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January 26, 1914



White, McKenna, Holmes, Day, Hughes, Van Devanter, Lamar, Pitney

Author: Lamar

[ 232 U.S. Page 212]

 MR. JUSTICE LAMAR, after making the foregoing statement of facts, delivered the opinion of the court.

There are many cases between shipper and carrier in which each insists that the other is bound to furnish service or facilities connected with the transportation of freight. The present record, however, presents an instance where both parties are contending for the privilege of supplying an article needed in the proper shipment of fruit -- the consignor claiming that icing is a necessary part of the loading, which he is authorized to supply; while the carriers insist that icing is a part of refrigeration, by statute made transportation, which they are bound to provide and for which they are entitled to collect reasonable compensation. The determination of these conflicting

[ 232 U.S. Page 213]

     claims necessitates an examination of the two methods under which, in warm weather, oranges are shipped from California to the East.

In what is called Standard Refrigeration, the boxes, of the aggregate weight of 27,200 pounds, are so placed as to leave spaces between them wide enough to admit of a free circulation of air chilled by ice in the bunkers. Subsequently the carriers put in a system of pre-cooling, under which after the cars had been loaded they were taken from the point of shipment to Refrigerating Plants owned by the carriers, where whole trainloads are pre-cooled at one time by means of blasts of very cold air driven into the car through and around the boxes. At the end of three or four hours the fruit is sufficiently chilled, the bunkers are then filled with about 10 tons of ice, furnished by the carrier, and the train is started on its journey to the East -- the bunkers being re-iced from time to time as needed at stations along the route. For this entire service the Commission held that the carrier's charge of $62.50 was reasonable.

A different method obtains where the icing of the car is done by the shipper at his own expense. In that class of cases the oranges are taken from the grove directly to a cold room having a temperature of about 33 degrees F. There the boxes are allowed to remain for periods of from 24 to 48 hours, and until the fruit is chilled to the center. When thus pre-cooled, the boxes are ready for shipment. A refrigerator car is then placed on the truck opposite the door of the cold room of the warehouse with which it is connected by a collapsible enclosed passageway, so arranged as to exclude the outside air, while at the same time allowing that from the cold room to enter and cool the interior of the car. Through this passageway the oranges are trucked from the warehouse to the car and, as they have been chilled to the center, the boxes are packed close together forming a solid mass weighing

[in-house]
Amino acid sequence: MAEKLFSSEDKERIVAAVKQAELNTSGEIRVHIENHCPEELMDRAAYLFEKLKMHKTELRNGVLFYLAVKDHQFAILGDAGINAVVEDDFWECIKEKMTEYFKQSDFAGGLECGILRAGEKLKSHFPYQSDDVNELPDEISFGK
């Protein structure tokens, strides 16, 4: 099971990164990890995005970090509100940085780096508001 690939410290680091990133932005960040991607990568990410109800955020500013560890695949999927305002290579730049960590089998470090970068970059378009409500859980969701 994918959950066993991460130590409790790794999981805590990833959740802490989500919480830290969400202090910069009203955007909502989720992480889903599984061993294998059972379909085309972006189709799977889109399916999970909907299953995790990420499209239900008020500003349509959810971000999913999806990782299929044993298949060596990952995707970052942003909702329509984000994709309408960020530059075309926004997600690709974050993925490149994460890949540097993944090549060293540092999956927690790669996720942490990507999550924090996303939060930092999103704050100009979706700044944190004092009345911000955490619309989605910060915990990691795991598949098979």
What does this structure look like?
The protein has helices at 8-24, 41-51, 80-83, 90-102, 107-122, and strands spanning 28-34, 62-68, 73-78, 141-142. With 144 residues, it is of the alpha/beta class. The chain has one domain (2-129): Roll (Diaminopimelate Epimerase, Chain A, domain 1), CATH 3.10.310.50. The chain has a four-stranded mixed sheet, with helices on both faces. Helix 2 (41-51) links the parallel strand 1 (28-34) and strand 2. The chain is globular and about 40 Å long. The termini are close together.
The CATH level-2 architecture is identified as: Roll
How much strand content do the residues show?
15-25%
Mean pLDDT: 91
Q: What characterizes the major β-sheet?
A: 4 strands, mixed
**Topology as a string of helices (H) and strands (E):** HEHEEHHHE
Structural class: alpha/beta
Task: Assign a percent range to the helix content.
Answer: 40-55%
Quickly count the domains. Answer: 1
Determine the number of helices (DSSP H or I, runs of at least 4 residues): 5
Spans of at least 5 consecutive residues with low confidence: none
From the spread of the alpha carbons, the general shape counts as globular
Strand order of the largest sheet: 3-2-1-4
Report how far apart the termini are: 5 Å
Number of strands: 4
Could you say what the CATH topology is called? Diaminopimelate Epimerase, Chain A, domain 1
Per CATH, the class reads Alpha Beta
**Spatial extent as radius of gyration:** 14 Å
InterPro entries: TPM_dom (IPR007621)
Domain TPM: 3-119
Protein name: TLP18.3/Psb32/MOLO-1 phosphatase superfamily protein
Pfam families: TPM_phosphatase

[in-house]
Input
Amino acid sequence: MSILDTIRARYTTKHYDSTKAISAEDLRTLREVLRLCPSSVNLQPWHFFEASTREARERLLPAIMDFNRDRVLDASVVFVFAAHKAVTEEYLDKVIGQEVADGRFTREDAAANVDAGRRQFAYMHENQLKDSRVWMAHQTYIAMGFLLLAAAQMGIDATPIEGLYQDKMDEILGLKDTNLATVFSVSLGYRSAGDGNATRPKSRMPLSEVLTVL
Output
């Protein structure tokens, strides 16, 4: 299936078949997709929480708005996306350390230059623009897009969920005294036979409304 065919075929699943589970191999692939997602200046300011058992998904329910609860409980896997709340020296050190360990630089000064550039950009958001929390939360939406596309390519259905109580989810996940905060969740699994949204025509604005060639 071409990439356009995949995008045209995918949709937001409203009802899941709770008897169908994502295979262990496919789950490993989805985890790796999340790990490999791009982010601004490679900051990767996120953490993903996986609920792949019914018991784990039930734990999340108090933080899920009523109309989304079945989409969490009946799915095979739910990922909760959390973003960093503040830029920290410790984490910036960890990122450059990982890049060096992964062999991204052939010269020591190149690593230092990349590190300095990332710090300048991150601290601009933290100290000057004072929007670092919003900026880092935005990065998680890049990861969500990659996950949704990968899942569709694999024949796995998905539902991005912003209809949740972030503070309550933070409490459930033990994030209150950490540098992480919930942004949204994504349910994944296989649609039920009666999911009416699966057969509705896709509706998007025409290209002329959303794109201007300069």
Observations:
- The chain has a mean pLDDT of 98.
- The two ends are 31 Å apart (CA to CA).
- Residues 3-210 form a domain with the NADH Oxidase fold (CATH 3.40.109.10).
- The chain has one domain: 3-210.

[ 232 U.S. Page 21433]

     ,000 lbs., with a temperature of about 35 degrees F. The doors and vents of the car are promptly and tightly closed, the bunkers are immediately filled with unusually large cakes of ice, in order to reduce the rate of melting, and the fruit is then forwarded under a filed tariff which provides that re-icing is unnecessary, and that the shipper will make no claim for damage occasioned by failure to re-ice in transit. For their services in connection with such pre-cooled shipments the carriers were allowed to charge $7.50 but the Commission refused to permit them to charge for the ice needed to keep the fruit cool between warehouse and destination.

1. This ruling is attacked by the appellants, who contend that icing is a part of refrigeration, which the Hepburn Act*fn1 makes a part of the transportation they are bound to furnish upon reasonable request. They insist that in order to meet the duty, thus imposed by statute, they have been compelled at great expense to erect immense plants where trainloads of fruit can be cooled and where an enormous quantity of ice is manufactured for refrigeration purposes. They argue that, being bound to furnish all necessary icing and re-icing and having at great cost prepared to furnish the supply, it is not only just, but a right given by statute, that they should be allowed to provide all needed icing or refrigeration at a rate to be approved by the Commission.

Whatever transportation service or facility the law requires the carrier to supply they have the right to furnish. They can therefore use their own cars, and cannot be ...

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